December 5, 2016
In an effort to curtail a new and disturbing cyberattack trend, the Department of Homeland Security has placed Internet of Things (IoT) device manufacturers on notice. The recent proclamation clarified how serious the agency is about the issue and how serious it wants corporate decision makers to be. In short, the DHS "Strategic Principles for Securing the Internet of Things" acknowledges the gravity of the current climate and the potential for greater harm by encouraging security to be implemented during the design phase, complete with ongoing updates based on industry best practices.
How this effort could affect upcoming product releases is yet to be seen, but these questions remain: How secure must products be before delivery to consumers? Will the liability of insecure Web devices translate to a burden for consumers unaware of proper security? This uncertainty could cause problems for those who produce or use IoT devices.
This move by the DHS was necessary. The recent Dyn DDoS attack made the susceptibility of these devices clear, and the sheer destructive potential makes the risks impossible to ignore.
An IoT Experiment
To determine the severity of the problem, I wanted to see how quickly an IoT device would be attacked once it was connected to the Internet. Would a user who bought an IoT webcam or printer have enough time to set up and securely configure the device before an attacker would compromise the device?
To help me answer this question, I had a couple of choices; I could purchase an insecure IoT device and monitor the activity targeting it, or I could configure a virtual device that would appear to an attacker to be a vulnerable IoT device fresh out of the box. This technique of luring attackers to monitor their efforts and techniques is known as a honeypot. Researchers have been using honeypots for years to study the way attackers gain access to a vulnerable device, as well as what they do after the exploit. I opted for the honeypot route, but it had to be set up just right.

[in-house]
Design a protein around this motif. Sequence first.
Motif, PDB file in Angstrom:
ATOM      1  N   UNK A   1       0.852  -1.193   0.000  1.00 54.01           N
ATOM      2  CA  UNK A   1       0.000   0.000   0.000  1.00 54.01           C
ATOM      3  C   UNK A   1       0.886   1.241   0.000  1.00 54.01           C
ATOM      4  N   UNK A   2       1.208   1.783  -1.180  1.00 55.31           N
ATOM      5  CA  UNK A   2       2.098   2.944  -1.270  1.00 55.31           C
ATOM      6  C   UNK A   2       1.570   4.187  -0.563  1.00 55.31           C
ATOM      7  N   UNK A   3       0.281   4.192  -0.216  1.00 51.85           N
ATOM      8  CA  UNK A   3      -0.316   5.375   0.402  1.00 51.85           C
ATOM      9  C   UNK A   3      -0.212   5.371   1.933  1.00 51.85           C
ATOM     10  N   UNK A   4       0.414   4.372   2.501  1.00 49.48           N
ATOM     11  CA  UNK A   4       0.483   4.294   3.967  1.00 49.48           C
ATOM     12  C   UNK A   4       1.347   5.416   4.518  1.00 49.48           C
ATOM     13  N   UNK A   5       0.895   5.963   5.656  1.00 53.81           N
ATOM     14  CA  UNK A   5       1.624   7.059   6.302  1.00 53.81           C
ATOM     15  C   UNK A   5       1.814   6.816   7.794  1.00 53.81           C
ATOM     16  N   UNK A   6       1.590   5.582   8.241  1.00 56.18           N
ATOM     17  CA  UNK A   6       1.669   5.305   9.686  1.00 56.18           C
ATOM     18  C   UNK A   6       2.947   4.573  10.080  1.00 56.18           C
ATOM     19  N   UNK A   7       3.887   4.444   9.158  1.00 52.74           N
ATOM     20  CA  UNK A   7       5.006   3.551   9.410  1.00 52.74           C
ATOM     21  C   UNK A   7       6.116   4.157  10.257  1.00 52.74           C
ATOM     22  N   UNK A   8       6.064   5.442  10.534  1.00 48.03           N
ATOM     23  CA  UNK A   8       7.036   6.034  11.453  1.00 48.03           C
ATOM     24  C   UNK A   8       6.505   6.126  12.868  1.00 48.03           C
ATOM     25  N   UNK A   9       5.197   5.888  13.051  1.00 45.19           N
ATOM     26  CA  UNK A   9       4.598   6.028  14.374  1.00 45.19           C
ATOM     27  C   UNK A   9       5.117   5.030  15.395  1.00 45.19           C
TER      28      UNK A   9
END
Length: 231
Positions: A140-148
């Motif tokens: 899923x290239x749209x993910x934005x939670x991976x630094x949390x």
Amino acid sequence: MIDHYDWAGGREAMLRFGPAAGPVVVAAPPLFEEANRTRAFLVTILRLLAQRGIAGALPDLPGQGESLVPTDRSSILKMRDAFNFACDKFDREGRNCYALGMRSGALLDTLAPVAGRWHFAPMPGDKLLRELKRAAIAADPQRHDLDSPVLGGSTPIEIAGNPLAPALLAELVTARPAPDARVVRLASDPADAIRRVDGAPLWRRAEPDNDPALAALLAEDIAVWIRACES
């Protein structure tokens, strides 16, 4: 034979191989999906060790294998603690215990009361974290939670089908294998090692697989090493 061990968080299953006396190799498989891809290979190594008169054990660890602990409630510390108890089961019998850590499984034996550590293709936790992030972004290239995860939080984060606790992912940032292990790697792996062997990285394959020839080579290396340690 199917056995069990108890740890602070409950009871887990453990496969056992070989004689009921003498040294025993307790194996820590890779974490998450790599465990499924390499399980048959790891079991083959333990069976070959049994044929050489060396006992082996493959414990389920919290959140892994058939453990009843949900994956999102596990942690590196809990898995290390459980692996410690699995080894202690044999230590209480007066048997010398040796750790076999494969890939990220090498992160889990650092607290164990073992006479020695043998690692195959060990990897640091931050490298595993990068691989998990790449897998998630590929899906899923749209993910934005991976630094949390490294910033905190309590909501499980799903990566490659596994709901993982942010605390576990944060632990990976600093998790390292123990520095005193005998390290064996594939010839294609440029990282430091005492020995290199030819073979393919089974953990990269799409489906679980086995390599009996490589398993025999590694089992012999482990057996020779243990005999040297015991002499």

The vast majority of the devices targeted by Mirai are running a stripped-down version of the Linux operating system, developed for multiple architectures (MIPS, ARM, x86, etc.). These machines generally run a tool called BusyBox — "The Swiss Army knife of embedded Linux," as developers refer to it. This single binary allows for the execution of more than 300 commands, cutting down on the space required of an operating system on an embedded device. Space isn't an issue for a honeypot, but it was important to have executables that are used by the code we saw when Mirai was made public.
I opted for a Debian Linux distribution, with BusyBox available just in case. I configured the honeypot to have the same ports open that these devices generally have — 23 and 80. After the configuration was complete, including setting up the same credentials seen in the recent attacks, it was time to find out how long people would have to secure a new IoT device that was connected to the Internet.
It turns out they wouldn't have much time at all. In less than 10 minutes, the honeypot was hit with 13 brute force attacks. After an hour of being online, it had been attacked 551 times, with more than 10 unique attackers having interacted with the honeypot. I continued to monitor all activity for the rest of the week. When I finally shut down the honeypot, it had been subjected to 2,665 brute force attacks and more than 108 sessions where there was an attempt to gain access. Some of those sessions resulted in malware being downloaded.
The Evolution of Mirai
The analysis of the malware wasn't what I expected. I was hoping to see the Mirai source code, but it was new code based on Mirai. It had only been a few days from the release of the source code and someone already had repurposed it and made minor tweaks — and here it was sitting on my IoT honeypot. This was a reminder that we shouldn't focus on a single signature when looking for follow-on attacks; if I had only looked for binaries that should have been downloaded by Mirai, I could have missed these new threats.
Based on my experiment, it's obvious that the DHS directive was needed. More must be done by device manufacturers to provide a modicum of security before release.
What Users Can Do
Fortunately, there are ways to ensure that network devices stay under user control:
Change default passwords. The devices compromised by Mirai had default credentials still in place, many of which consisting of the username "admin" or "root," and the password "admin" or "password." Users should ensure that any device deployed to their network has the default password changed.
Disable remote administration. By default, many devices allow for remote administration outside of the internal network. Administrative tasks should be performed internally if possible.
Keep firmware up to date. Because of the recent attacks, manufacturers are expected to release firmware updates to products to close down security holes, preventing subsequent attacks. By default, these devices require user interaction to apply these firmware patches. Make sure that before installing the latest firmware you back up the current working firmware and have it locally in case the update fails, so you aren't left with a broken device.
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